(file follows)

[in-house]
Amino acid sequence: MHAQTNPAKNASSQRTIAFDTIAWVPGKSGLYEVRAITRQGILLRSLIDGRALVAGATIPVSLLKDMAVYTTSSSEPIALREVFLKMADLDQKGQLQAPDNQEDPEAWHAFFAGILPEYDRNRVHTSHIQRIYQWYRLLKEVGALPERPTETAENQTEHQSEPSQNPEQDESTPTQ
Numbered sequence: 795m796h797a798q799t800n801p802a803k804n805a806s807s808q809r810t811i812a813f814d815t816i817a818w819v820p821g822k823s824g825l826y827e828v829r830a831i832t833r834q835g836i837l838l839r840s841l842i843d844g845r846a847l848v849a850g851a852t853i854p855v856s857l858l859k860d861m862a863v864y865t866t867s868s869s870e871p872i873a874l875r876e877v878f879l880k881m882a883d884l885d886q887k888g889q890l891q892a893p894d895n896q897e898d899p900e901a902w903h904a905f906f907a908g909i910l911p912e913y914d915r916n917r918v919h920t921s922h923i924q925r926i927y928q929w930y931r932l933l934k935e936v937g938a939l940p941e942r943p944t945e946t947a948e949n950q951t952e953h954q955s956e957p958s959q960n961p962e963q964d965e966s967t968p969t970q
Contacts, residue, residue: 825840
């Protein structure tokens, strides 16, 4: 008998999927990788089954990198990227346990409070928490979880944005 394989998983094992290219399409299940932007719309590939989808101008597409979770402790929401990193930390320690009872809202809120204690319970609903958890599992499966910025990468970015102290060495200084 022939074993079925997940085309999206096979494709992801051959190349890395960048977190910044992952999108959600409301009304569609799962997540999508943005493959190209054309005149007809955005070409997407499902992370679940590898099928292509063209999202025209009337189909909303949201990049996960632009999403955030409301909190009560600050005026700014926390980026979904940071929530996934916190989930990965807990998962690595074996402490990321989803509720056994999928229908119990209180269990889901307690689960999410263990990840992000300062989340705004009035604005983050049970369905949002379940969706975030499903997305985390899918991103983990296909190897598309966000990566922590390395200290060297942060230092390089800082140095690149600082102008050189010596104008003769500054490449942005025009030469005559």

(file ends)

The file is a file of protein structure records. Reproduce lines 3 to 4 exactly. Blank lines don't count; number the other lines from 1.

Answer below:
Numbered sequence: 795m796h797a798q799t800n801p802a803k804n805a806s807s808q809r810t811i812a813f814d815t816i817a818w819v820p821g822k823s824g825l826y827e828v829r830a831i832t833r834q835g836i837l838l839r840s841l842i843d844g845r846a847l848v849a850g851a852t853i854p855v856s857l858l859k860d861m862a863v864y865t866t867s868s869s870e871p872i873a874l875r876e877v878f879l880k881m882a883d884l885d886q887k888g889q890l891q892a893p894d895n896q897e898d899p900e901a902w903h904a905f906f907a908g909i910l911p912e913y914d915r916n917r918v919h920t921s922h923i924q925r926i927y928q929w930y931r932l933l934k935e936v937g938a939l940p941e942r943p944t945e946t947a948e949n950q951t952e953h954q955s956e957p958s959q960n961p962e963q964d965e966s967t968p969t970q
Contacts, residue, residue: 825840